of a basilica must always have been heavy and unattractive. S. Apollinare in Classe at Ravenna (fig. 8) affords a typical example. The campanile is a later addition. Within, apart from the beautiful mosaic decoration, a fine effect was produced by the arch of triumph and the apse, which terminated the nave and dominated the whole vast space of the interior.
|Fig. 9.—Façade of old St Peter's, Rome.|
To pass from general description to individual churches, the first place must be given, as the earliest and grandest examples of the type, to the world-famous Roman basilicas; those of St Peter, St Paul and St John Lateran, "omnium urbis et orbis ecclesiarum mater et caput." It is true that no one of these exists in its original form, Old St Peter's having been entirely removed in the 16th century to make room for its magnificent successor; and both St Paul's and St John Lateran having been greatly injured by fire, and the last named being so completely modernized as to have lost all interest. Of the two former, however, we possess drawings and plans and minute descriptions, which give an accurate conception of the original buildings. To commence with St Peter's, from the illustrations annexed (figs. 9, 10, 11) it will be seen that the church was entered through a vast colonnaded atrium, 212 ft. by 235 ft., with a fountain in the centre,—the atrium being preceded by a porch mounted by a noble flight of steps. The church was 212 ft. wide by 380 ft. long; the nave, 80 ft. in width, was six steps lower than the side aisles, of which there were two on each side. The four dividing colonnades were each of twenty-two Corinthian columns. Those next the nave supported horizontal entablatures. The inner colonnades bore arches, with a second clerestory. The main clerestory walls were divided into two rows of square panels containing mosaics, and had windows above. The transept projected beyond the body of the church,—a very unusual arrangement. The apse, of remarkably small dimensions, was screened off by a double row of twelve wreathed columns of Parian marble. The pontifical chair was placed in the centre of the curve of the apse, on a platform raised several steps above the presbytery. To the right and left the seats of the cardinals followed the line of the apse. At the centre of the chord stood the high altar beneath a ciborium, resting on four pillars of porphyry. Beneath the altar was the subterranean chapel, the centre of the devotion of so large a portion of the Christian world, believed to contain the remains of St Peter; a vaulted crypt ran round the foundation wall of the apse in which many of the popes were buried. The roof showed its naked beams and rafters.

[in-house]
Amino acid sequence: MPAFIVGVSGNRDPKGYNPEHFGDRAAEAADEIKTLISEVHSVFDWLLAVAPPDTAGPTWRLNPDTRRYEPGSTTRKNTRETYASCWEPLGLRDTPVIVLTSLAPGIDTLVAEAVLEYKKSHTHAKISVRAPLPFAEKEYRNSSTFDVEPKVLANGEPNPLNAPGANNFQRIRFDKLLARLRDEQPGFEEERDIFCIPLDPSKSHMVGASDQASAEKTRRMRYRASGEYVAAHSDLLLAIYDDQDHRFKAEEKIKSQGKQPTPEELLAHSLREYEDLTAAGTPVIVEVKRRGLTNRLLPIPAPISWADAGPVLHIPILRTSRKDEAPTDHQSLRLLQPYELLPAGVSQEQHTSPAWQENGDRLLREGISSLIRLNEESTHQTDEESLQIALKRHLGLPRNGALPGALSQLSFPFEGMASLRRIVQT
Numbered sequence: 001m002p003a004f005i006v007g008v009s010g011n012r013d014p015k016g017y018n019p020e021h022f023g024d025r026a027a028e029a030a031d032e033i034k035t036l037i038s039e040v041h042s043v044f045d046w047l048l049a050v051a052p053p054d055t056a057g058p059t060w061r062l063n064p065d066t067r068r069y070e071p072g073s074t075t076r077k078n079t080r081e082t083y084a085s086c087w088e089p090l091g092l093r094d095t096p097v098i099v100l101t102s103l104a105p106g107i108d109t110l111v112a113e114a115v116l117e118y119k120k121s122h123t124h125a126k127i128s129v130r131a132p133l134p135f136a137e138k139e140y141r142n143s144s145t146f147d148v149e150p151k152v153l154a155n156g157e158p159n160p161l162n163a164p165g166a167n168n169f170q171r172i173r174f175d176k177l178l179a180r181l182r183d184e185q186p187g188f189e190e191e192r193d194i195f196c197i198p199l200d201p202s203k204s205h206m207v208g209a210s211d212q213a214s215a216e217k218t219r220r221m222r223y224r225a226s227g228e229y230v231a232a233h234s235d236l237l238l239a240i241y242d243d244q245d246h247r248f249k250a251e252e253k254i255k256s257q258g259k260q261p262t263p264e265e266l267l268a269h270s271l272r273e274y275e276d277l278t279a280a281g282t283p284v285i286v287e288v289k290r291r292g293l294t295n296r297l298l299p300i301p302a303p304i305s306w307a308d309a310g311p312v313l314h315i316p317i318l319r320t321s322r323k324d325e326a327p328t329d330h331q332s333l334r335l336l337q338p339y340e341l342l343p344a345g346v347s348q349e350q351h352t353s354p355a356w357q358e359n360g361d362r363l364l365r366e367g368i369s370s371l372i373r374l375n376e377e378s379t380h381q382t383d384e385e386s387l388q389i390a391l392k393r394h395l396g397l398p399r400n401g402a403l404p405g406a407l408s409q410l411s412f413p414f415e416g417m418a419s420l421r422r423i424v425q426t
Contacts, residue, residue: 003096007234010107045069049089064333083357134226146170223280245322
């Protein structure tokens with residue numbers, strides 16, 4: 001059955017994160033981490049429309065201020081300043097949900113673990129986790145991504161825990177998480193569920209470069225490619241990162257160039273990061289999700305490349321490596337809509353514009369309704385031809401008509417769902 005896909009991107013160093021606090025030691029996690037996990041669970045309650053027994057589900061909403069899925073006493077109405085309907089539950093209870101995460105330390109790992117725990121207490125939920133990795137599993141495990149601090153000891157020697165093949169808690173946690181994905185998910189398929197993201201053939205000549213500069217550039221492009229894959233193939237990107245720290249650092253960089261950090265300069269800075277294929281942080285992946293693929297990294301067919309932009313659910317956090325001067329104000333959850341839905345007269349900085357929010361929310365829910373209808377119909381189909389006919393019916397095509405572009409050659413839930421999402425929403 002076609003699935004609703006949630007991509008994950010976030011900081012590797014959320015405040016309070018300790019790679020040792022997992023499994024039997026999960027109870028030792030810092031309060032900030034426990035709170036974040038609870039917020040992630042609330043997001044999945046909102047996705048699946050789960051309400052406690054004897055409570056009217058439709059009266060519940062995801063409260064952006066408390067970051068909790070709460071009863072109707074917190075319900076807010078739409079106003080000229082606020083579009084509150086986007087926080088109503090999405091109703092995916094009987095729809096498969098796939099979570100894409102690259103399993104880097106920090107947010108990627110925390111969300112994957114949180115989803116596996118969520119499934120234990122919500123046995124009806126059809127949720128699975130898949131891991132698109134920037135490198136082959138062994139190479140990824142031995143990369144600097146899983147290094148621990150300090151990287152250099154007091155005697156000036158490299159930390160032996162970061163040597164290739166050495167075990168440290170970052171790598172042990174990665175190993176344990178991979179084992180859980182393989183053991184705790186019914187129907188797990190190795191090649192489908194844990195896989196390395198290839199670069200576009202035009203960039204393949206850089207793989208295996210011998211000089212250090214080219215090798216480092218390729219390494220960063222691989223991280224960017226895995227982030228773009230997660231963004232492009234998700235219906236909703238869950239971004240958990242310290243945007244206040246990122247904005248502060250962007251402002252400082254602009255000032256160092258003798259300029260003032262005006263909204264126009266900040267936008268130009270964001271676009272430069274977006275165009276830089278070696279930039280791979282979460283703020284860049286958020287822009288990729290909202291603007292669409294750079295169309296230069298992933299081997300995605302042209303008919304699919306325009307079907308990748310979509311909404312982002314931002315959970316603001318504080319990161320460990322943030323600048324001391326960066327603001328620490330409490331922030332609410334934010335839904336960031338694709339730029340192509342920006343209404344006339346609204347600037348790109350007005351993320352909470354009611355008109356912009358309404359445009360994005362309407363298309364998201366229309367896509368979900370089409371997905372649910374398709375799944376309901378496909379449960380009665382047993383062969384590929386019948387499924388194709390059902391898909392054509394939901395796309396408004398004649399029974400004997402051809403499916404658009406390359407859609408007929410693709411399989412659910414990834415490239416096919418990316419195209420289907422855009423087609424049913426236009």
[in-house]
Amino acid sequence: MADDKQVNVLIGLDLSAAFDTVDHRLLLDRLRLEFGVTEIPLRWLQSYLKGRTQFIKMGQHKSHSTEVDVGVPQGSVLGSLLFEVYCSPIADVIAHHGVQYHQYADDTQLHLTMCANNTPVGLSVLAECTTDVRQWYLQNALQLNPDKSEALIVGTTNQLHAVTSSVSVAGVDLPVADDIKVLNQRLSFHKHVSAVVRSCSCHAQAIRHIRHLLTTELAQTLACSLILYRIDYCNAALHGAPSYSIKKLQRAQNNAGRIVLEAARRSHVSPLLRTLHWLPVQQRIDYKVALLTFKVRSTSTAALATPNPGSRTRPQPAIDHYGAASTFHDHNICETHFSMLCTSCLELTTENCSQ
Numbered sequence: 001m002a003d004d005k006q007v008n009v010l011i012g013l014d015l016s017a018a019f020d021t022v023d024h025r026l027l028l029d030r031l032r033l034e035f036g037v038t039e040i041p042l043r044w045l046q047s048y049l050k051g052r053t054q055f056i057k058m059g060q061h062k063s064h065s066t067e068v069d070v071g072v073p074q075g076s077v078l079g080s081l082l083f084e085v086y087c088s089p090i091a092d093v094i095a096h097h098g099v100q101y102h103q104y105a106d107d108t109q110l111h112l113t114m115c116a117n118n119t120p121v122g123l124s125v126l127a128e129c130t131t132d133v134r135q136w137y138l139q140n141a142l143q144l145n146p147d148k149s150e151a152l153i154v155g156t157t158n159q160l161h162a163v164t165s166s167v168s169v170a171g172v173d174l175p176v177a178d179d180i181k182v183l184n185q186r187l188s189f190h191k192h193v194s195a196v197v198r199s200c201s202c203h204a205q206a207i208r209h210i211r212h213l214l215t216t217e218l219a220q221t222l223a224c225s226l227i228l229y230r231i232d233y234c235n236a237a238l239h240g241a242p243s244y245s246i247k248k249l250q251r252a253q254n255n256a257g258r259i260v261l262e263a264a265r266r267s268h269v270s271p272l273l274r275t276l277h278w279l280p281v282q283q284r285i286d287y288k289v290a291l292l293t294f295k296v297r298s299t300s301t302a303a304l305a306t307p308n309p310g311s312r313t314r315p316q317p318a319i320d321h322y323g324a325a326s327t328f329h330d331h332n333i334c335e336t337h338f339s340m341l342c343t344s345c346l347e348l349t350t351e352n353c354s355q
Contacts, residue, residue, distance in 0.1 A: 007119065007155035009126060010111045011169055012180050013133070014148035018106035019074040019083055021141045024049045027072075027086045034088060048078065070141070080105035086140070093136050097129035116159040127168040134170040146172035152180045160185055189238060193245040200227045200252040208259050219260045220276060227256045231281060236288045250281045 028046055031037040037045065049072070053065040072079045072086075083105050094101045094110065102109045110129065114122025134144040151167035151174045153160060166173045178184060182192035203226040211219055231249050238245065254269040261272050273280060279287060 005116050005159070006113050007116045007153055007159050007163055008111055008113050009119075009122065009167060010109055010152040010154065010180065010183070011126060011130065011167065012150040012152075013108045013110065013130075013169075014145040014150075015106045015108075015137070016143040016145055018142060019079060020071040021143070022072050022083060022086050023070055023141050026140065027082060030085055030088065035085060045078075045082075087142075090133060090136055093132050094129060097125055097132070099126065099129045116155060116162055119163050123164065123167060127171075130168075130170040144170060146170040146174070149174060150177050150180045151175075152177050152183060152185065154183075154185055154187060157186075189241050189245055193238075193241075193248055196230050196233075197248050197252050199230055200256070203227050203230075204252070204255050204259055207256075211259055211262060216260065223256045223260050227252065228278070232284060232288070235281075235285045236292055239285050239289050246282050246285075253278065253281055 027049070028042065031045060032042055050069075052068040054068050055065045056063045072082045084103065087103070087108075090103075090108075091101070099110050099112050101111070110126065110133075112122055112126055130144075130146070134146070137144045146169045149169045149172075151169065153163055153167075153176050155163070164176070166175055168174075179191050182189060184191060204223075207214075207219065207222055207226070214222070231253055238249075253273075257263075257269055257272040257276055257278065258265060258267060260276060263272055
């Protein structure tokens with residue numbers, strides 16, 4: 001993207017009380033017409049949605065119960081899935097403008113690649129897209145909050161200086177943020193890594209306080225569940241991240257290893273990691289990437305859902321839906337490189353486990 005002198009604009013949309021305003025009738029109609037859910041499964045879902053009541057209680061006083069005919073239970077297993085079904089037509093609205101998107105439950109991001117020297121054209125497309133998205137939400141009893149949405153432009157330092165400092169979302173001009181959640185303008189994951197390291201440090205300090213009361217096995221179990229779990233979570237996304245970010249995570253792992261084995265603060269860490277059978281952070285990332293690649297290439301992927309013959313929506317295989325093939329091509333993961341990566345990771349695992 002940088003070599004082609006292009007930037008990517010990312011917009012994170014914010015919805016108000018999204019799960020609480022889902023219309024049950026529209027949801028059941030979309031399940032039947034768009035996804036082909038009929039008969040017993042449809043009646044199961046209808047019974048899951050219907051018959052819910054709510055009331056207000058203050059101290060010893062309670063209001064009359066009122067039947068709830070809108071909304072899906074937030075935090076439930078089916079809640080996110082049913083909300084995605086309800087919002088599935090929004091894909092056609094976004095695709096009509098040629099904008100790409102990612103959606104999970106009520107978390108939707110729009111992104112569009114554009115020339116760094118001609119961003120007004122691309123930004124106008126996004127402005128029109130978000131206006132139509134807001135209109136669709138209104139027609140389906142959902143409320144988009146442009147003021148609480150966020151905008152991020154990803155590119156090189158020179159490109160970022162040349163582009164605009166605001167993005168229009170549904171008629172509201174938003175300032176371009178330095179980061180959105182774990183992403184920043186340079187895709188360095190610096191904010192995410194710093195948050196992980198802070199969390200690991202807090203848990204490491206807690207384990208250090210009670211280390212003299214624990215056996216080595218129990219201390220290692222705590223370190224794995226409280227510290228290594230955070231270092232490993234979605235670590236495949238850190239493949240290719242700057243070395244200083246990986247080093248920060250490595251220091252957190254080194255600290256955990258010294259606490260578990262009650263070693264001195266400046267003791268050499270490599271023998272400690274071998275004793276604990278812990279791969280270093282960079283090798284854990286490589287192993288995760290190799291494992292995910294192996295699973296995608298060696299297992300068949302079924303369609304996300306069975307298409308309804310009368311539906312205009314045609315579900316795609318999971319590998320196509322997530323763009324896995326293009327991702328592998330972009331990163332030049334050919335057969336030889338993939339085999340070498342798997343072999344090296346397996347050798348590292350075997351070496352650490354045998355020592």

|Fig. 11.—Sectional view of the old Basilica of St Peter,|
before its destruction in the 16th century.
|Fig. 12.—Ground-Plan of|
St Paul's, Rome, before its
destruction by fire.
|a, Narthex. d, Altar.|
|b, Nave. e, Bema.|
|c, c, Side aisles. f, Apse.|
|Fig. 13.—Section of the Basilica of St Paul, Rome.|
The basilica of St Paul without the walls, dedicated 324 A.D., rebuilt 388-423, remained in a sadly neglected state, but substantially unaltered, till the disastrous fire of 1823, which reduced the nave to a calcined ruin. Its plan and dimensions (figs. 12, 13) were almost identical with those of St Peter's.
The only parts of the modernized five-aisled basilica of St John Lateran (of which we have a plan in its original state, Agincourt, pl. lxxiii. No. 22) which retain any interest, are the double-vaulted aisle which runs round the apse, a most unusual arrangement, and the baptistery. The latter is an octagonal building standing some little distance from the basilica to the south. Its roof is supported by a double range of columns, one above the other, encircling the baptismal basin sunk below the floor.
Of the three-aisled basilicas the best example is the Liberian or S. Maria Maggiore dedicated 365, and reconstructed 432 A.D. Its internal length to the chord of the apse is 250 ft. by 100 ft. in breadth. The Ionic pillars of grey granite, uniform in style, twenty on each side, form a colonnade of great dignity and beauty, unfortunately broken towards the east by intrusive arches opening into chapels. The clerestory, though modern, is excellent in style and arrangement. Corinthian pilasters divide the windows, beneath which are very remarkable mosaic pictures of subjects from Old Testament history, generally supposed